Plenty of New Orleans bars offer a beer and a shot. But the new Barrel Proof, opened in May by the people who brought you Sylvain in the French Quarter, has organized its entire menu around the concept.
Located in the former Bridge Lounge, 1201 Magazine St. in the Lower Garden District, Barrel Proof offers patrons a selection of more than 60 brews and 200 whiskies to mix and match.
Step inside the cavernous Barrel Proof and you leave the Caribbean flavor of New Orleans for something decidedly more Western. The barnlike structure, adorned with corrugated sheet metal and taxidermied animals, would feel at home in west Texas. A 44-foot bar serves as an altar to whiskey.
As we sat down and scanned the back bar, the only spirits I could see (for miles, it seemed) were whiskies. I flipped through the menu: beer and whiskey. Could this be all they served?
As a woman who loves brown liquor, this was a menu I could get behind, but I also thought it was awfully exclusive and wondered at its commercial viability.
In answer to my question, our bartender pointed to the menu’s final page, where tequilas, vodkas and rums are listed. However, their sum total is less than all of the American bourbons available. You don’t go to Barrel Proof for the rum.
You can get lost in that menu. Organized by country of origin, each whiskey features a brief description. Prices are listed for 1- and 2-ounce pours with no penalty for selecting the smaller serving.
Liam Deegan, Barrel Proof’s manager, says this nudges people to try new whiskies without having to spend too much.
Barrel Proof’s selection is hard to match. In addition to some rare American bourbons, the bar carries all the Japanese whiskies available in Louisiana. While Barrel Proof will soon serve thematically based whiskey flights, the 1-ounce pours make it easy for patrons to design their own.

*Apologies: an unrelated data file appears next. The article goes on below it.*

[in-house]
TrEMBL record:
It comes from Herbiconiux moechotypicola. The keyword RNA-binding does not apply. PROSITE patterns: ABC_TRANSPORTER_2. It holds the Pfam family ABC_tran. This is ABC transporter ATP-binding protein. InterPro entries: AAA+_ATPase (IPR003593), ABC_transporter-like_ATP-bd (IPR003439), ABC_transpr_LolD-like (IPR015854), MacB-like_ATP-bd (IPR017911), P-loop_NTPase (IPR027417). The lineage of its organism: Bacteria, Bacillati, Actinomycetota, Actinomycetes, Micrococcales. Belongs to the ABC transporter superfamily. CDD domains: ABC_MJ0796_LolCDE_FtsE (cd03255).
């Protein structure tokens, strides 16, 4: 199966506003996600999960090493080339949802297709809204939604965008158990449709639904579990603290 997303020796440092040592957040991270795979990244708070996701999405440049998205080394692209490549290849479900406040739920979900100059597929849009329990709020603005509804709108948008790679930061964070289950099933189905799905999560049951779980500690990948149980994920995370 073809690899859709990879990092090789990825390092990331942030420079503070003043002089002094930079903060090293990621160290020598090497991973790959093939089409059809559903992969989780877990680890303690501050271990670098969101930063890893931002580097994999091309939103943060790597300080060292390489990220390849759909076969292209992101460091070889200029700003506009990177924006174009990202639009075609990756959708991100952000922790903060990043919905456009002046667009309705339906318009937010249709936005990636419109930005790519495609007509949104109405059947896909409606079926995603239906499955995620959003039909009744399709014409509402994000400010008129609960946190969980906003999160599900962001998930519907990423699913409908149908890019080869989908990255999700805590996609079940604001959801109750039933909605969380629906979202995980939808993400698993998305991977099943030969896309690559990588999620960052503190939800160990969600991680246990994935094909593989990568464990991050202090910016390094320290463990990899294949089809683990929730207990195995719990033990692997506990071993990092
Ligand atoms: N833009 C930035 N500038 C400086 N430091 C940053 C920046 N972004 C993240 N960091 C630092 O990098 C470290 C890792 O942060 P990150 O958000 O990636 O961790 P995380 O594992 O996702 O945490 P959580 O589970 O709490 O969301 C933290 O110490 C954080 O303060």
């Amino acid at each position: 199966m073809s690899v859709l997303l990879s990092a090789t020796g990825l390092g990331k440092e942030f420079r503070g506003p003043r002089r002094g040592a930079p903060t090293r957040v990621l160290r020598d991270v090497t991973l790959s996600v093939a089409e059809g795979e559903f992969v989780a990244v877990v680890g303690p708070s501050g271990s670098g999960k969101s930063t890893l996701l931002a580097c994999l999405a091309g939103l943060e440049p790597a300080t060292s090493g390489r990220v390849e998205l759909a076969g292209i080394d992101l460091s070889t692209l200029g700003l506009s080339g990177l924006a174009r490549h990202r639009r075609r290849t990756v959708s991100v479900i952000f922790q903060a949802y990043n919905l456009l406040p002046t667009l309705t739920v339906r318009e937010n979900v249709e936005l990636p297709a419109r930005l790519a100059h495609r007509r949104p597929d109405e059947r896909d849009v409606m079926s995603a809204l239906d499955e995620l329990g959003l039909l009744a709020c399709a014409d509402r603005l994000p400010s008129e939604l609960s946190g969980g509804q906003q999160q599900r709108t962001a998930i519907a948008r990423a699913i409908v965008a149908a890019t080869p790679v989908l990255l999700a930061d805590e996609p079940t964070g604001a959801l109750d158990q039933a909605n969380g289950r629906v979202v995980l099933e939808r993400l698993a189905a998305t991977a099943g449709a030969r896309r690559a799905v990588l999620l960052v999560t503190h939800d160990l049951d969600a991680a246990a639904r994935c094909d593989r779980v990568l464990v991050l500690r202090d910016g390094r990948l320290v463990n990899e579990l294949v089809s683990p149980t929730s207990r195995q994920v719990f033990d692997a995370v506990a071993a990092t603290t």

Barrel Proof offers a price spectrum, from a Schlitz-and-Old-Grandad special for $5 to one of the Japanese imports for $30.
Despite the swank pours on offer, the vibe is decidedly informal, a tone set by the friendly and helpful staff. Facing a menu of dozens of whiskies can be daunting, but the bartenders are there to assist. After we described the flavors we prefer in a whiskey to our bartender, we were soon sampling some new (and delicious) pours.
Though it was a busy Saturday night, the bar didn’t feel a bit crowded. Barrel Proof is a good place for a group to stake out and claim one part of the bar without taking over the whole establishment. It was a decidedly mixed crowd, including several couples who were clearly on dates and a group of boisterous, highly groomed young men celebrating a friend’s birthday. Judging by their rainbow and unicorn T-shirts that declared “I’m totally straight,” they had abandoned the festivities of Southern Decadence for something a little more low-key.
If straight whiskey or a mug of brew is not your thing, fear not. Barrel Proof’s sister restaurant is Sylvain, and all Barrel Proof’s bartenders are adept at creating that cocktail haven’s signature drinks, in addition to doling out whiskey and beer advice.
Elizabeth Pearce is the co-author of “The French Quarter Drinking Companion.” She can be reached at firstname.lastname@example.org or on Twitter, @etpearce.